Permits v. Job Growth: Housing Development Lags Pre-Recession Peak
A new report from Apartment List found that, approved housing development nationwide lags 38 percent below its highest point before the recession. In Texas, Austin and Dallas both issued more permits than their pre-recession peaks, but Houston and San Antonio lag well behind their peaks.
The report says, “While most of these metros have built enough new housing to keep pace with strong job growth, they have done so primarily through continued single-family sprawl.”
In a healthy, balanced market, according to Apartment List, one new housing unit should be built for every one to two new jobs that are added, a market that adds more than two jobs her housing permit is considered “undersupplied.”
In Houston, they found that an average of 6.7 new housing units per 1,000 residents were permitted from 2008 to 2018. That ranks Houston #4 in permitting activity for the nation’s 50 largest metro areas. During this same period, the metro added 6.3 jobs for every 1,000 residents, ranking the area at #14. Apartment List argues that Houston may have an overabundance of new housing, but remember, most of these are single family housing units in the metro area, not necessarily located within city limits or near job centers.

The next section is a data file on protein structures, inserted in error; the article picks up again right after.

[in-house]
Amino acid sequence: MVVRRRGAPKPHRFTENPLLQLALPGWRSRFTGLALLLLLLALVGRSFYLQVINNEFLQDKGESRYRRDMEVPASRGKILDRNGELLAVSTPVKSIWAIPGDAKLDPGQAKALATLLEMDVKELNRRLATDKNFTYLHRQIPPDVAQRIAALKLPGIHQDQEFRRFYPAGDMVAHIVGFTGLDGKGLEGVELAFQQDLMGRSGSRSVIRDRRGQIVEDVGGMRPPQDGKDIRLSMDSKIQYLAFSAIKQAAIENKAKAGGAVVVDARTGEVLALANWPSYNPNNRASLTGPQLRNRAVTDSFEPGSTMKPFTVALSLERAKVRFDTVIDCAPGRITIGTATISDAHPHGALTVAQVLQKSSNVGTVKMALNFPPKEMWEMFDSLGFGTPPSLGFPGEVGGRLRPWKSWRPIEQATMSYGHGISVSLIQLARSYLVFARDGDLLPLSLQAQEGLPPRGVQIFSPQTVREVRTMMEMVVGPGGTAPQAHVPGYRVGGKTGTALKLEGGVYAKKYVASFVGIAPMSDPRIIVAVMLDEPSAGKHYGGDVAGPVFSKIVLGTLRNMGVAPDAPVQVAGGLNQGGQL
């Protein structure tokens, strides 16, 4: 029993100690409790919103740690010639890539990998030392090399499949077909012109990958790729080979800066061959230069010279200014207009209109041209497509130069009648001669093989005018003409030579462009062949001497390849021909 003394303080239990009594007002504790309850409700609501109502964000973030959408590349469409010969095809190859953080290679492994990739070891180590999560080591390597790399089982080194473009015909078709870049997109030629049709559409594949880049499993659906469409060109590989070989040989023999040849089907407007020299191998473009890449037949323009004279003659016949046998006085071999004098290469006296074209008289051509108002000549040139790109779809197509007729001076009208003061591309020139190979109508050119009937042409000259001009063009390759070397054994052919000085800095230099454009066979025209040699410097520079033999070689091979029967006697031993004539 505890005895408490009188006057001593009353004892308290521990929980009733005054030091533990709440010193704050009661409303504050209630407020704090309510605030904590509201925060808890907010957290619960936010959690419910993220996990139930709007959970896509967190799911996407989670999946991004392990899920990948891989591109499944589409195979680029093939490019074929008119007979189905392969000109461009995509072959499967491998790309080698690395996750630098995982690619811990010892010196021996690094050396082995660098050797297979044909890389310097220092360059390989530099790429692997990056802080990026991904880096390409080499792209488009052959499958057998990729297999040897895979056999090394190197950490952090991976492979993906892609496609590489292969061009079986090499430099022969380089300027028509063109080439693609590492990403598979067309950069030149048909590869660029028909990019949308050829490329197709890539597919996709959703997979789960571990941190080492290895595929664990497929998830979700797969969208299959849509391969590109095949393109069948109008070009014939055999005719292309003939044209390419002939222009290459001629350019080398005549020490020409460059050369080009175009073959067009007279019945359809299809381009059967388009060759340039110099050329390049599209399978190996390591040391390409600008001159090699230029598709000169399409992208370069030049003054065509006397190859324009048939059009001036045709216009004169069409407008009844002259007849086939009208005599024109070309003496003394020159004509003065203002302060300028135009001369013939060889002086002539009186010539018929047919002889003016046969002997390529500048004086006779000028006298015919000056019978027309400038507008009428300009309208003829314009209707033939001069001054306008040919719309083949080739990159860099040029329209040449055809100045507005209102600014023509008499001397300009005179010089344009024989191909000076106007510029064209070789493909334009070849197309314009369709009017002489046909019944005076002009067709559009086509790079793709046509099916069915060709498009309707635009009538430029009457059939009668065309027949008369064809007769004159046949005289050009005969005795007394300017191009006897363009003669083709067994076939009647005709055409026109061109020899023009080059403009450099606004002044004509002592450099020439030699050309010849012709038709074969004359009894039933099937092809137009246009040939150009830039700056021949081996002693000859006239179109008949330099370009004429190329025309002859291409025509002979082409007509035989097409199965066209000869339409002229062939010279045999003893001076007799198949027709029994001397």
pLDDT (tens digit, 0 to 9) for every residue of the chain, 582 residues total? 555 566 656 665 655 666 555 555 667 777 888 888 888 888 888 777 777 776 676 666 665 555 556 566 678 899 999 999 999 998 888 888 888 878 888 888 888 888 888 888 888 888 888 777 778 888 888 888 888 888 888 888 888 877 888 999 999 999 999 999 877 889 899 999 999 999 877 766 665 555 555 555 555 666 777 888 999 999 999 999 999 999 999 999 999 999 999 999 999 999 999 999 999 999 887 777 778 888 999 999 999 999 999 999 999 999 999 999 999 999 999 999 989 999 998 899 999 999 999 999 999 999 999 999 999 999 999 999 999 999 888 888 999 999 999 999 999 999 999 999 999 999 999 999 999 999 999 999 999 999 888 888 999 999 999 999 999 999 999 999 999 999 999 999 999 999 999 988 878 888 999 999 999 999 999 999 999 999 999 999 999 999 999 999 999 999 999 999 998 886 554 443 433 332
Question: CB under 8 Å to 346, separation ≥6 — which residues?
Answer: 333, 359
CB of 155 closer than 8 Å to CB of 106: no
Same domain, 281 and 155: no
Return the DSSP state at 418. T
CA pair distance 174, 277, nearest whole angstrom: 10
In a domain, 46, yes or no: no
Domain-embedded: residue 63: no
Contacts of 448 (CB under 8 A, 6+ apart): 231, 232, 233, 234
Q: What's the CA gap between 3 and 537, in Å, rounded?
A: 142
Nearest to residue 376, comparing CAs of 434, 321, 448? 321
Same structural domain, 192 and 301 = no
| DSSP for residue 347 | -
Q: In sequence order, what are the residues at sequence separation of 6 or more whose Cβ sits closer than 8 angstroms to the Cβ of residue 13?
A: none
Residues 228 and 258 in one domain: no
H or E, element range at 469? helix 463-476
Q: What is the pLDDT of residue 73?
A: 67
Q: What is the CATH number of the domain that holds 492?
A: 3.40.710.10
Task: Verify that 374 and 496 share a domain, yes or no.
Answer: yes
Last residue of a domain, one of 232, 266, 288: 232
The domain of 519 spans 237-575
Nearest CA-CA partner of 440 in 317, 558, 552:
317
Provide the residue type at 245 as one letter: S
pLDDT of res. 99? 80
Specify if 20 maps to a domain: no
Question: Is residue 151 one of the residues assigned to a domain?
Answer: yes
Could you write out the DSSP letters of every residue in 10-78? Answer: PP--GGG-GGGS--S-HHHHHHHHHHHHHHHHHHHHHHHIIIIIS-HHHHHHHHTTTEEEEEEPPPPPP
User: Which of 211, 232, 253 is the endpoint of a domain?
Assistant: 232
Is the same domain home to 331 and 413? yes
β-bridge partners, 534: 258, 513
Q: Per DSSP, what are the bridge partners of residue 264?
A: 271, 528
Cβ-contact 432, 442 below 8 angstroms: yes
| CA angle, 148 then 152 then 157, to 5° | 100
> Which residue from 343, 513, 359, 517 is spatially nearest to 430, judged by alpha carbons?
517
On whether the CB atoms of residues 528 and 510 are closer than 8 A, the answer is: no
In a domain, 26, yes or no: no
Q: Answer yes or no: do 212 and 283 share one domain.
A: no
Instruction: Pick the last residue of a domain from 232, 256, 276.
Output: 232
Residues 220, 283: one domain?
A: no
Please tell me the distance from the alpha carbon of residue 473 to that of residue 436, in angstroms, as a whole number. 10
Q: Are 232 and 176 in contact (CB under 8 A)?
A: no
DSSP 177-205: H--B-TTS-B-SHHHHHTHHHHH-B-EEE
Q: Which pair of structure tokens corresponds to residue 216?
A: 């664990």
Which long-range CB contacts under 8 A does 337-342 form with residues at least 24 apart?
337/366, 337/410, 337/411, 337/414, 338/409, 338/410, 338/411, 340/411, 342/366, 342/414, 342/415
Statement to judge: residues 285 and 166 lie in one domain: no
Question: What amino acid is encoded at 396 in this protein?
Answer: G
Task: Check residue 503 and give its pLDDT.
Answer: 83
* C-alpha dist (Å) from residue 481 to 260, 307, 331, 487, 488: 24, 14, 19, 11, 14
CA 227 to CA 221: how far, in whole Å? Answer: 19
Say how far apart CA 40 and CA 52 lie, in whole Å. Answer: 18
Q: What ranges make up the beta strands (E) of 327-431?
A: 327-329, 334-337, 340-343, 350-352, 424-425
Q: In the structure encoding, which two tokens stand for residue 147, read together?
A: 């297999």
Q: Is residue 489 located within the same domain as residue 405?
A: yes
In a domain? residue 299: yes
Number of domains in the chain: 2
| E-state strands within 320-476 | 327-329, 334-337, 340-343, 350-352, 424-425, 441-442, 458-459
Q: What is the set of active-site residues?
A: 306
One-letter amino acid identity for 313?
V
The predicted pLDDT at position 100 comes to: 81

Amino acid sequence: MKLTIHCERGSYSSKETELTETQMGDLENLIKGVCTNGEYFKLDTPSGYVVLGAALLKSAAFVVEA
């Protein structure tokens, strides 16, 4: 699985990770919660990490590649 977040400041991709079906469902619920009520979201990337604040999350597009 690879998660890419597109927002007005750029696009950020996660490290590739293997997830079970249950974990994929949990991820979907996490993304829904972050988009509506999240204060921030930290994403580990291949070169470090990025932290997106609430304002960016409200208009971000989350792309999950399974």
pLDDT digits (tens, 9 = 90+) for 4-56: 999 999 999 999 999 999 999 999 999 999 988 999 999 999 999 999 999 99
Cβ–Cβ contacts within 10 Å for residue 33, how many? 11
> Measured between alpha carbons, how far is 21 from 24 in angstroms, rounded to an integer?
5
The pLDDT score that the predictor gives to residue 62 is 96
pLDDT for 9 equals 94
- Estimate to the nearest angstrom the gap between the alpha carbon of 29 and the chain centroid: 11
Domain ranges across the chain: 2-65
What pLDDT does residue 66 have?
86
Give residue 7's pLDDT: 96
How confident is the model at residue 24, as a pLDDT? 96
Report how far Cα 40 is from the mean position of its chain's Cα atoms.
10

The city itself is considered undersupplied, they found that for every permit issued, Houston saw 21.7 new jobs.
For every 1,000 residents, San Antonio saw an average of 3.7 new housing units and 7.5 jobs added from 2008 to 2018, according to Apartment List, making the city #18 out of the 50 largest metros.
In San Antonio, 2 jobs were added for every new housing unit showing that there’s a minor undersupply of new construction.
Dallas came in at #7 out of 50 for new housing construction.
On average, the metro area saw 5.9 new housing units and 8.3 jobs for every 1,000 residents. Roughly 1.4 jobs were added for every new housing unit, so the study found Dallas to have “a balance between supply and demand for new housing.”
Austin came in 1stout of 50 metros with 9.5 new housing units and 12.6 jobs per 1,000 residents. This is about 1.3 jobs for every new housing unit, which is also said to be a balance between supply and demand.
The report notes the reliance on single-family homes found in Sunbelt cities. Most of the growth in multifamily units, which is making up a greater share of the overall growth, is happening in already dense metro areas like New York, Boston, and San Francisco.